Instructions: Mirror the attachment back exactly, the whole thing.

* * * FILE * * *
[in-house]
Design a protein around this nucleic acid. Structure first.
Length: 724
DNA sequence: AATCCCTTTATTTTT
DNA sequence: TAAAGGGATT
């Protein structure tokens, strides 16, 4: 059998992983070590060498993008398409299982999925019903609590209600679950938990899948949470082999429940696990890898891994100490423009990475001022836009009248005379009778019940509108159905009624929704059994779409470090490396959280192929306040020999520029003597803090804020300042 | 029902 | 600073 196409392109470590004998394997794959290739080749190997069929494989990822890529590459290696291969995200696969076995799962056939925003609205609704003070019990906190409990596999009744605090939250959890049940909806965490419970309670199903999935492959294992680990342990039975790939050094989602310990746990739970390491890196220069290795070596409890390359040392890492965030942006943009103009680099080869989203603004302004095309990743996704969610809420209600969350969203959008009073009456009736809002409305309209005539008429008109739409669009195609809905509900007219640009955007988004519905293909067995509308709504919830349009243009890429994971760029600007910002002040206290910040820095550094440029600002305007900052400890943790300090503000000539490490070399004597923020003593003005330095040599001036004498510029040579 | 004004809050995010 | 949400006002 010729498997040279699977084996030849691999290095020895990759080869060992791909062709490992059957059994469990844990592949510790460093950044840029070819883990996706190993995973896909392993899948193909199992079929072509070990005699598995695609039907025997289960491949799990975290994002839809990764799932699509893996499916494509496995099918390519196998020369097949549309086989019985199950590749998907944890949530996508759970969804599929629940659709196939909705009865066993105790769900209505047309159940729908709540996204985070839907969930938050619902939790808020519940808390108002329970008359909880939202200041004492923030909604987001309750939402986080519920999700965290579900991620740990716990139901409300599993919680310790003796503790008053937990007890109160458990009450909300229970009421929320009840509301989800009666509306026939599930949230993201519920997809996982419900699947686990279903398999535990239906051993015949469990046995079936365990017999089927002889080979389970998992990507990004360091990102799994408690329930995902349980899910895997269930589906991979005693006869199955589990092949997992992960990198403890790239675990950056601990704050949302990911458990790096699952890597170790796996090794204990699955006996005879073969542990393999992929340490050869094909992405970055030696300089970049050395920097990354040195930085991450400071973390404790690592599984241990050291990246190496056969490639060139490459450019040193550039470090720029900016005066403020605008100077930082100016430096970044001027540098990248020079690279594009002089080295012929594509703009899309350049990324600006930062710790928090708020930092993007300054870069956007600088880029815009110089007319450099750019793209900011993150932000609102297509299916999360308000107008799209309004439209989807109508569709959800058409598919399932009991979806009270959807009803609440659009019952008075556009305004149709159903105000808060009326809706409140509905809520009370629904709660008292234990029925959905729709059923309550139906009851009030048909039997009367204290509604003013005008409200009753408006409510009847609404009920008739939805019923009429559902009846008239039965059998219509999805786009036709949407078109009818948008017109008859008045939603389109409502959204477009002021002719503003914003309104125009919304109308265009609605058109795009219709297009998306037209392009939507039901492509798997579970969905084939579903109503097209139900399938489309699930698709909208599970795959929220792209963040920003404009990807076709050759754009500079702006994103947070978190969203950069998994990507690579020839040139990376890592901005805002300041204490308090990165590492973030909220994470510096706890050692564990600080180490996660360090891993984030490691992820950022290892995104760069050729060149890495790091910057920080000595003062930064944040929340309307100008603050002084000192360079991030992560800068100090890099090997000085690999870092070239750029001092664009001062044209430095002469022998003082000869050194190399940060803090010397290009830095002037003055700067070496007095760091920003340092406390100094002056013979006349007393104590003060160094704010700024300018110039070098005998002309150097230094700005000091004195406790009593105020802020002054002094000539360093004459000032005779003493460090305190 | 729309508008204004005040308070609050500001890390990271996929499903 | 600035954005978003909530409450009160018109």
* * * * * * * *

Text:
[in-house]
Design a protein around this nucleic acid. Structure first.
Length: 724
DNA sequence: AATCCCTTTATTTTT
DNA sequence: TAAAGGGATT
């Protein structure tokens, strides 16, 4: 059998992983070590060498993008398409299982999925019903609590209600679950938990899948949470082999429940696990890898891994100490423009990475001022836009009248005379009778019940509108159905009624929704059994779409470090490396959280192929306040020999520029003597803090804020300042 | 029902 | 600073 196409392109470590004998394997794959290739080749190997069929494989990822890529590459290696291969995200696969076995799962056939925003609205609704003070019990906190409990596999009744605090939250959890049940909806965490419970309670199903999935492959294992680990342990039975790939050094989602310990746990739970390491890196220069290795070596409890390359040392890492965030942006943009103009680099080869989203603004302004095309990743996704969610809420209600969350969203959008009073009456009736809002409305309209005539008429008109739409669009195609809905509900007219640009955007988004519905293909067995509308709504919830349009243009890429994971760029600007910002002040206290910040820095550094440029600002305007900052400890943790300090503000000539490490070399004597923020003593003005330095040599001036004498510029040579 | 004004809050995010 | 949400006002 010729498997040279699977084996030849691999290095020895990759080869060992791909062709490992059957059994469990844990592949510790460093950044840029070819883990996706190993995973896909392993899948193909199992079929072509070990005699598995695609039907025997289960491949799990975290994002839809990764799932699509893996499916494509496995099918390519196998020369097949549309086989019985199950590749998907944890949530996508759970969804599929629940659709196939909705009865066993105790769900209505047309159940729908709540996204985070839907969930938050619902939790808020519940808390108002329970008359909880939202200041004492923030909604987001309750939402986080519920999700965290579900991620740990716990139901409300599993919680310790003796503790008053937990007890109160458990009450909300229970009421929320009840509301989800009666509306026939599930949230993201519920997809996982419900699947686990279903398999535990239906051993015949469990046995079936365990017999089927002889080979389970998992990507990004360091990102799994408690329930995902349980899910895997269930589906991979005693006869199955589990092949997992992960990198403890790239675990950056601990704050949302990911458990790096699952890597170790796996090794204990699955006996005879073969542990393999992929340490050869094909992405970055030696300089970049050395920097990354040195930085991450400071973390404790690592599984241990050291990246190496056969490639060139490459450019040193550039470090720029900016005066403020605008100077930082100016430096970044001027540098990248020079690279594009002089080295012929594509703009899309350049990324600006930062710790928090708020930092993007300054870069956007600088880029815009110089007319450099750019793209900011993150932000609102297509299916999360308000107008799209309004439209989807109508569709959800058409598919399932009991979806009270959807009803609440659009019952008075556009305004149709159903105000808060009326809706409140509905809520009370629904709660008292234990029925959905729709059923309550139906009851009030048909039997009367204290509604003013005008409200009753408006409510009847609404009920008739939805019923009429559902009846008239039965059998219509999805786009036709949407078109009818948008017109008859008045939603389109409502959204477009002021002719503003914003309104125009919304109308265009609605058109795009219709297009998306037209392009939507039901492509798997579970969905084939579903109503097209139900399938489309699930698709909208599970795959929220792209963040920003404009990807076709050759754009500079702006994103947070978190969203950069998994990507690579020839040139990376890592901005805002300041204490308090990165590492973030909220994470510096706890050692564990600080180490996660360090891993984030490691992820950022290892995104760069050729060149890495790091910057920080000595003062930064944040929340309307100008603050002084000192360079991030992560800068100090890099090997000085690999870092070239750029001092664009001062044209430095002469022998003082000869050194190399940060803090010397290009830095002037003055700067070496007095760091920003340092406390100094002056013979006349007393104590003060160094704010700024300018110039070098005998002309150097230094700005000091004195406790009593105020802020002054002094000539360093004459000032005779003493460090305190 | 729309508008204004005040308070609050500001890390990271996929499903 | 600035954005978003909530409450009160018109």